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Blunderbuss by Jack White This work has been published in the Teen Ink monthly print magazine.

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This spring, Jack White, modern blues mastermind and guitarist extraordinaire, released his first solo album. White is the man behind the outlandish, color-coordinated Detroit rock duo The White Stripes, who, with hits like “Dead Leaves and the Dirty Ground” and “Seven Nation Army,” revived rock music and brought the blues to an unexpecting but grateful generation.

White also created the blues-folk band The Raconteurs and the psychedelic-blues band The Dead Weather, both of which never failed to shock and satisfy eager audiences. But none of his bands had put out a record since The Dead Weather's “Sea of Cowards” in 2010. With the 2011 announcement that The White Stripes were retiring, fans and critics wondered about White's future role in music. But “Blunderbuss” does not disappoint.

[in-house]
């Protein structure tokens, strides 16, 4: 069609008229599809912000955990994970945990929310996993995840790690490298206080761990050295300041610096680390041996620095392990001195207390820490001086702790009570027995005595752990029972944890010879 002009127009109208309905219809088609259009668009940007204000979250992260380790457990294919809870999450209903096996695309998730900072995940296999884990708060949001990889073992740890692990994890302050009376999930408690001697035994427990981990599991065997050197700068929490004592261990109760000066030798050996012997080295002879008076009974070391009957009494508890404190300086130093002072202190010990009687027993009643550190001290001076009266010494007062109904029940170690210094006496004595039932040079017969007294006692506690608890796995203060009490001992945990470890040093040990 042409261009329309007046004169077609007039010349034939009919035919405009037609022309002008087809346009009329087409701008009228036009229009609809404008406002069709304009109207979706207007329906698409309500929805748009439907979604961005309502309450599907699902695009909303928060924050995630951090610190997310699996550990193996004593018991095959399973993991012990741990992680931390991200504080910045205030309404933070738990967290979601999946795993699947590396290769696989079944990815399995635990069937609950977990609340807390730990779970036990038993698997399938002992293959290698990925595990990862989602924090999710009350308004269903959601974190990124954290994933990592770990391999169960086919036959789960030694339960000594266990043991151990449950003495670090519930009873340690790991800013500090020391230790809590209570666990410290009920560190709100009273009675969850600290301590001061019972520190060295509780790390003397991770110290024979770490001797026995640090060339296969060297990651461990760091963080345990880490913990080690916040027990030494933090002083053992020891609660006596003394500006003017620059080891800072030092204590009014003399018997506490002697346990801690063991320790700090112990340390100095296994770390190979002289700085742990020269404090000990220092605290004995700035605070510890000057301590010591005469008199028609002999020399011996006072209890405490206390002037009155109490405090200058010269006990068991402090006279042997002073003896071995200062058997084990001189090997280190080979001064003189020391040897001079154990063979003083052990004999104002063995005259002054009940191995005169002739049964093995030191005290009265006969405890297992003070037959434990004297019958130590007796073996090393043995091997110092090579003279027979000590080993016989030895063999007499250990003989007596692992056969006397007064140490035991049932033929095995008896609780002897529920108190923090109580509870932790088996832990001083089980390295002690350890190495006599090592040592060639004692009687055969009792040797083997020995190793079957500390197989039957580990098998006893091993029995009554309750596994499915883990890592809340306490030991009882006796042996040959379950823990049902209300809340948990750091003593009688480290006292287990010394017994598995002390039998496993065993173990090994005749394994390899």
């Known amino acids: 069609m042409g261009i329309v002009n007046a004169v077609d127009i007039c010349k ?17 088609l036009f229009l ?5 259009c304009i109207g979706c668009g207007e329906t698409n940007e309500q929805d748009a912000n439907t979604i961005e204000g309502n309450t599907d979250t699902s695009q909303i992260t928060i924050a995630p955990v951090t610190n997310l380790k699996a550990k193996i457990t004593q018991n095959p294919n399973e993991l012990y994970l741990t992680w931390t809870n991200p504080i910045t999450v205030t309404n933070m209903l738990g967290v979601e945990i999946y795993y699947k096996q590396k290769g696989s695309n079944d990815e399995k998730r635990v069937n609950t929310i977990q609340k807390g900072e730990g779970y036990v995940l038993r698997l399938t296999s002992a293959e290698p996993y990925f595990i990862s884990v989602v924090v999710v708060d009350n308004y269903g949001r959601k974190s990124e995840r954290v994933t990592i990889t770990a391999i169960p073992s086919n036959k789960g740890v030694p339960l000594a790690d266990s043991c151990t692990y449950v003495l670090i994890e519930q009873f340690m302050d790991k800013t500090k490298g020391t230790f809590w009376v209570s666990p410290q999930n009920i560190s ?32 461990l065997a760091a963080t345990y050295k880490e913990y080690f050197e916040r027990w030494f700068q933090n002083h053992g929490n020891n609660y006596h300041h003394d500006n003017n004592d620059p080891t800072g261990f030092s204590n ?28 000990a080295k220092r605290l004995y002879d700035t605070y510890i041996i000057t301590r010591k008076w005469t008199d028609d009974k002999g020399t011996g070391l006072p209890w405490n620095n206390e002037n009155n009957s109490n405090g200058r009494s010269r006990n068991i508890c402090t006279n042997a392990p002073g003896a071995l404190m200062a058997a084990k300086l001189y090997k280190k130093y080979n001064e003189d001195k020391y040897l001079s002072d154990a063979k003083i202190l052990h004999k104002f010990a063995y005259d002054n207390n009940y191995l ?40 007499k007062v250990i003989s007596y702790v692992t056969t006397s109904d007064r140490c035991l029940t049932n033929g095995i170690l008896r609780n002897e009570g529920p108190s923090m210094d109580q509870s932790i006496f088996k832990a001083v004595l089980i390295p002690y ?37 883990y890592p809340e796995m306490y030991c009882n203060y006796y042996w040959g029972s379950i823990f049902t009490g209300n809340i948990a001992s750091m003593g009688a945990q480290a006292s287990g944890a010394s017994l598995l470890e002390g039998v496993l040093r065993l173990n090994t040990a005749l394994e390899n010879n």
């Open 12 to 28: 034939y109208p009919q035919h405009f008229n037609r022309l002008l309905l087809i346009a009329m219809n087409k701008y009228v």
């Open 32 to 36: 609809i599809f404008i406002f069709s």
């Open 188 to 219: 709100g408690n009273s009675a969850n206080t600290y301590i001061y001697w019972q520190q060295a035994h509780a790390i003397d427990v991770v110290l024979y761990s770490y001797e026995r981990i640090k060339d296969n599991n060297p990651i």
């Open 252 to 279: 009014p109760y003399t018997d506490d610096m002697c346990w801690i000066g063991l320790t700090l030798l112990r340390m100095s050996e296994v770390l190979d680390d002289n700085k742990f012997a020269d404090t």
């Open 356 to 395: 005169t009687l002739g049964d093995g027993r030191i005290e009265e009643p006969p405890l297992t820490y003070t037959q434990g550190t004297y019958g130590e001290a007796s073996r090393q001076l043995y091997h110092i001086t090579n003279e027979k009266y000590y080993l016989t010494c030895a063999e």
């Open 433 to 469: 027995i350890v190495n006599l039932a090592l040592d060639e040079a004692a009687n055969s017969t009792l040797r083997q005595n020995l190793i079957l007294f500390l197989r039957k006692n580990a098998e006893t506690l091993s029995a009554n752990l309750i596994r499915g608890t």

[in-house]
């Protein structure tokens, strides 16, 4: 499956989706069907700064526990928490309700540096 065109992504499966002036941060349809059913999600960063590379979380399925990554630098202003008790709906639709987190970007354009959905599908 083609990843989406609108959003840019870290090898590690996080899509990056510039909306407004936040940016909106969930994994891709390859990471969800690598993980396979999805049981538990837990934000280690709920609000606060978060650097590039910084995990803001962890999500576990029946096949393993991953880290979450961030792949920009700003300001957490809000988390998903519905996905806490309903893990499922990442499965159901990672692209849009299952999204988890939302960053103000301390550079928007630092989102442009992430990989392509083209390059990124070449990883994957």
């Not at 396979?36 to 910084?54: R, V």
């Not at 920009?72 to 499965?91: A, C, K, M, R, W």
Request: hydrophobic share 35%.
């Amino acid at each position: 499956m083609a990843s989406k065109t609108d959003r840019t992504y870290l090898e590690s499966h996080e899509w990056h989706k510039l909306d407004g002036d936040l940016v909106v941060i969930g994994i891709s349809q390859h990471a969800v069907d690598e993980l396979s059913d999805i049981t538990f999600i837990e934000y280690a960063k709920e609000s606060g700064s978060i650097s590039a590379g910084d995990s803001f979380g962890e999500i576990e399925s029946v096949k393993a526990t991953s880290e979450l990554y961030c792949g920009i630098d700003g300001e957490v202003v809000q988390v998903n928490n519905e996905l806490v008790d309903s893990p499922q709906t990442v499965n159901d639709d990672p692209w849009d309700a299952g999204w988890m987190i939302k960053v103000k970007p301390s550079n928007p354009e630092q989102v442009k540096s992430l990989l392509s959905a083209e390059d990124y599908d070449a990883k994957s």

The album features tracks with aspects of all that pleased fans of his other bands: the roaring guitar of The White Stripes, the folksy vibe of The Raconteurs, and the darkness of the Dead Weather. “Blunderbuss” also possesses an unprecedented complexity, including a thrilling array of lyrics that denote disturbingly detailed images (“Cut off the bottoms of my feet, make me walk on salt” from “Freedom at 21”) while eliciting honest emotion and prudent insight into the cruel nature of love and loss (“I won't let love disrupt, corrupt or interrupt me” from “Love Interruption”). Its intricate musical arrangements range from the crisp, screaming guitar that drives “Sixteen Saltines” to the pounding piano of “I Guess I Should Go to Sleep.”

Much like the artist himself, the album is full of creativity and wisdom, and while it is different from White's previous work, it stays true to his identity. Jack White's solo music is not as peculiar as The White Stripes', as friendly as The Raconteurs', or even as straight-forward as The Dead Weather's. But it doesn't need to be. There is a natural artistry and maturity here that manages to achieve the seemingly impossible: it reveals that there is another side of White's music that could arguably be his best effort yet.

This work has been published in the Teen Ink monthly print magazine. This piece has been published in Teen Ink’s monthly print magazine.




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